Methylprednisolone and Alcohol

Methylprednisolone is a glucocorticoid derived from progesterone, a natural hormone produced by your adrenal glands. It is used as a steroid to treat asthma, allergic reactions, inflammation, skin conditions, ulcerative colitis, arthritis, lupus, psoriasis, breathing disorders, and may also be used to lessen some symptoms of cancer.

Can You Take Methylprednisolone and Alcohol Together?

There is no official affirmation that prohibits the consumption of alcoholic beverages in moderation while taking methylprednisolone. However, it depends a lot on the reason you're taking the medication in the first place. For example, if you're taking the medication to mitigate alcohol induced hepatitis, or cirrhosis of the liver, you probably shouldn't be drinking at all. Otherwise, drinking in moderation shouldn't be a problem, but since Methylprednisolone is known to cause stomach bleeding and dizziness, and drinking alcohol on a daily basis increases this risk, you should make sure that you're not drinking daily. If your condition worsens after consuming methylprednisolone and alcohol, you should immediately stop drinking, and consult your health care provider.

Other Drugs to Avoid When Taking Methylprednisolone

There are many medicines that can interact with Methylprednisolone. Below is a partial list of these medicines:

  • Aspirin, if taken in high dosage or on a daily basis
  • An anticoagulant, such as Coumadin, or Jantoven (Warfarin)
  • A diuretic (water pill), such as (Furosemide, Indapamide, or Chlortalidone)
  • Diabetes medication or insulin therapy
  • Cyclosporine medication, (Neoral, Restasis, Gengraf)
  • Ketoconazole medication, (Xolegel, Extina, Nizoral)
  • An anticonvulsant, phenytoin, (Dilantin, Phenytek, Dilantin-125)
  • Rifadin to treat tuberculosis and leprosy or
  • Phenobarbital, ( Solfoton, Luminal)

This is only a partial list and methylprednisolone may interact with other drugs. Tell your health care provider about all medications you use. This includes over-the-counter prescription, herbal products, and vitamins. Do not take any new medications without consulting your doctorfirst.

Precautions to Take Before Taking Methylprednisolone

Inform your health care provider and pharmacist if you have any allergies to methylprednisolone, tartrazine (yellow dye), or any other medications.

  • Inform your health care provider and pharmacist on any prescription and non-prescription medications you are taking, especially blood thinners such as Coumadin (Warfarin), aspirin, arthritis medications, macrolide antibiotics (Azithromycin, Clarithromycin), eye medication (cyclosporine ), heart medication (Digoxin), A diuretic (water pill), hormone therapy (estrogen), dermatitis medication (ketoconazole), oral contraceptives, phenobarbital, epilepsy medication (phenytoin), tuberculosis medication (Rifadin), bronchodilator (Theo-24, Theolair), and vitamins.
  • Inform your health care provider and pharmacist if you have ever had kidney, intestinal, ulcers, heart disease, or diabetes; high blood pressure, underactive thyroid gland, herpes eye infection, mental illness, myasthenia Gravis, seizures, osteoporosis, or tuberculosis.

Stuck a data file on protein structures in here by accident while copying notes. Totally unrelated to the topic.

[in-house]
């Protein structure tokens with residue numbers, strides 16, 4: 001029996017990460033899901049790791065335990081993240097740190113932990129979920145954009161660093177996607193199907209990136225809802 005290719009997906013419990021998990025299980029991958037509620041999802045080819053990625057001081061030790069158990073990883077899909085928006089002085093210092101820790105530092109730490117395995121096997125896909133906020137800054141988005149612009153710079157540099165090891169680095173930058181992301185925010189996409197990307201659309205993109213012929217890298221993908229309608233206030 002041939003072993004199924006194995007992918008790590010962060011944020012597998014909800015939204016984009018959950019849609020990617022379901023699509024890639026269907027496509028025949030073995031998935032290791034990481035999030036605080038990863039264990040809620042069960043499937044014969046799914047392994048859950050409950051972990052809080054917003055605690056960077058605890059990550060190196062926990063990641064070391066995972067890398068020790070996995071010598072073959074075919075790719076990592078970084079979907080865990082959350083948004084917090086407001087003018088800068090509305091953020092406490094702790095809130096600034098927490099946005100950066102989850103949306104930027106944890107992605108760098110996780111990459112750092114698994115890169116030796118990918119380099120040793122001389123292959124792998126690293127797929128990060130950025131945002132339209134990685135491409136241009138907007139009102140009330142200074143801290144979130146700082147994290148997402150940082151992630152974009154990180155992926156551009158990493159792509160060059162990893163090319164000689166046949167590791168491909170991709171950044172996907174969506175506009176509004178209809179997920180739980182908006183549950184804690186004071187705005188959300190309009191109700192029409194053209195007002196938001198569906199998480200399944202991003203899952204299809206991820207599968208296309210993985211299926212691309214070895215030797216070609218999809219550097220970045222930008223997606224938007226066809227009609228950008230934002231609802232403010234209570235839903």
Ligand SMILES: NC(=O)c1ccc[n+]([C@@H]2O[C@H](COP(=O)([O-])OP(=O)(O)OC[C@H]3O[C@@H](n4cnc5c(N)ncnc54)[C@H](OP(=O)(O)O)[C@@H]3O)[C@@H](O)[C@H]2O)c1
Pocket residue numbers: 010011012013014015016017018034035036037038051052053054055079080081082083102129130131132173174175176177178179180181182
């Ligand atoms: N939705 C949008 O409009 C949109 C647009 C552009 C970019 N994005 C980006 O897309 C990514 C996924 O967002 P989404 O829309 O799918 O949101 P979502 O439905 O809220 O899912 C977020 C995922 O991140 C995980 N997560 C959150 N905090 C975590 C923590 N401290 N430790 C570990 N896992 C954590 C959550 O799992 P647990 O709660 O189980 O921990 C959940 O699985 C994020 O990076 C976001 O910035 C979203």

• Inform your health care provider if you are pregnant, plan to become pregnant, or are breast-feeding.
  • Inform your health care provider if you are planning surgery, including dental surgery, or inform your dentist that you are taking methylprednisolone.
  • Remember, if you have a history of ulcers, take large doses of aspirin, or are taking arthritis medication, limit your consumption of alcoholic beverages while taking methylprednisolone. Methylprednisolone and alcohol make your stomach and intestines more susceptible to the irritating effects of aspirin, certain arthritis medications, and ulcers. Therefore, you should limit your consumption of alcohol if you are taking these medications or have ulcers.

How to Take Methylprednisolone Safely

Methylprednisolone can be taken orally by mouth andyour health care provider will prescribe a dosage schedule that best fits your needs. You'll need to follow the directions on the label carefully, and remember to ask your health care provider or pharmacist to explain anything you do not understand. Take this drug exactly as directed, don't take more or less of it, or take it more often than prescribed by your health care provider, and do not discontinue taking this drug without talking to your doctor. Discontinuing use abruptly can result inloss of appetite, weight loss, upset stomach, vomiting, confusion, drowsiness, joint and muscle pain, fever, peeling skin, and headache.

After taking methylprednisolone for a long period of time, your health care provider will decrease your dose gradually before discontinuing altogether. However, you’ll need to stay vigilant for the signs of the side effects during withdrawal, and report them to your doctor.

Possible Side Effects You Should Know

Besides the doubt whether you can take Methylprednisolone and alcohol together, you should also pay attention to the possible side effects. Tell your physician if any of these symptoms persist or become severe:

  • Anxiety, insomnia, restlessness or depression
  • Any dizziness
  • Stomach irritation
  • Acne, easy bruising, or increased hair growth
  • Absent or irregular menstrual periods

If you experience any of the following symptoms, call your physician immediately:

  • Swollen face, lower legs, or ankles
  • Vision problems
  • A skin rash
  • An Infection or cold that lasts a long time
  • Black or bloody stools
  • Muscle weakness
 
 
Current time: 12/12/2017 06:49:42 pm (America/New_York) Memory usage: 1735.66KB